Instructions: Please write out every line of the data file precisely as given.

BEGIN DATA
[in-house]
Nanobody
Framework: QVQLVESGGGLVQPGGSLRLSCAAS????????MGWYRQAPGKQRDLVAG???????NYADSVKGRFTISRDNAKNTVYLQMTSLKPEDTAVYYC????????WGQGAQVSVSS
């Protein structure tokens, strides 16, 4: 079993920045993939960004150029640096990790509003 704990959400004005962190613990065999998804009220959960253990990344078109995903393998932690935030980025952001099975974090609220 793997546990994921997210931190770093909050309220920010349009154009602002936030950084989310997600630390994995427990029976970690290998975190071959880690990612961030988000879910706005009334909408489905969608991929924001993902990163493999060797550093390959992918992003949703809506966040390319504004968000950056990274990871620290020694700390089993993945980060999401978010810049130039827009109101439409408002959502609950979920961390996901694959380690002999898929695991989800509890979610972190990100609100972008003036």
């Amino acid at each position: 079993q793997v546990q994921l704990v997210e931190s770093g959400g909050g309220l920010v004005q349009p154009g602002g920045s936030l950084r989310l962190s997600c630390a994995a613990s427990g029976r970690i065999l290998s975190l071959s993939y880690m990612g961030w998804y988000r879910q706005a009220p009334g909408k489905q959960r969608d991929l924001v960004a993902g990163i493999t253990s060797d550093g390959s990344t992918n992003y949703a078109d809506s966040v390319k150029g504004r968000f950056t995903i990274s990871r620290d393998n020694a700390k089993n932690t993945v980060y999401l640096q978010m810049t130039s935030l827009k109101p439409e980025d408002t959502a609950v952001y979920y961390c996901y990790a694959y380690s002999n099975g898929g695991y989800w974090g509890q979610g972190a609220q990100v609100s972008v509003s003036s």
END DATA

[in-house]
Nanobody
Framework: QVQLVESGGGLVQPGGSLRLSCAAS????????MGWYRQAPGKQRDLVAG???????NYADSVKGRFTISRDNAKNTVYLQMTSLKPEDTAVYYC????????WGQGAQVSVSS
């Protein structure tokens, strides 16, 4: 079993920045993939960004150029640096990790509003 704990959400004005962190613990065999998804009220959960253990990344078109995903393998932690935030980025952001099975974090609220 793997546990994921997210931190770093909050309220920010349009154009602002936030950084989310997600630390994995427990029976970690290998975190071959880690990612961030988000879910706005009334909408489905969608991929924001993902990163493999060797550093390959992918992003949703809506966040390319504004968000950056990274990871620290020694700390089993993945980060999401978010810049130039827009109101439409408002959502609950979920961390996901694959380690002999898929695991989800509890979610972190990100609100972008003036």
């Amino acid at each position: 079993q793997v546990q994921l704990v997210e931190s770093g959400g909050g309220l920010v004005q349009p154009g602002g920045s936030l950084r989310l962190s997600c630390a994995a613990s427990g029976r970690i065999l290998s975190l071959s993939y880690m990612g961030w998804y988000r879910q706005a009220p009334g909408k489905q959960r969608d991929l924001v960004a993902g990163i493999t253990s060797d550093g390959s990344t992918n992003y949703a078109d809506s966040v390319k150029g504004r968000f950056t995903i990274s990871r620290d393998n020694a700390k089993n932690t993945v980060y999401l640096q978010m810049t130039s935030l827009k109101p439409e980025d408002t959502a609950v952001y979920y961390c996901y990790a694959y380690s002999n099975g898929g695991y989800w974090g509890q979610g972190a609220q990100v609100s972008v509003s003036s």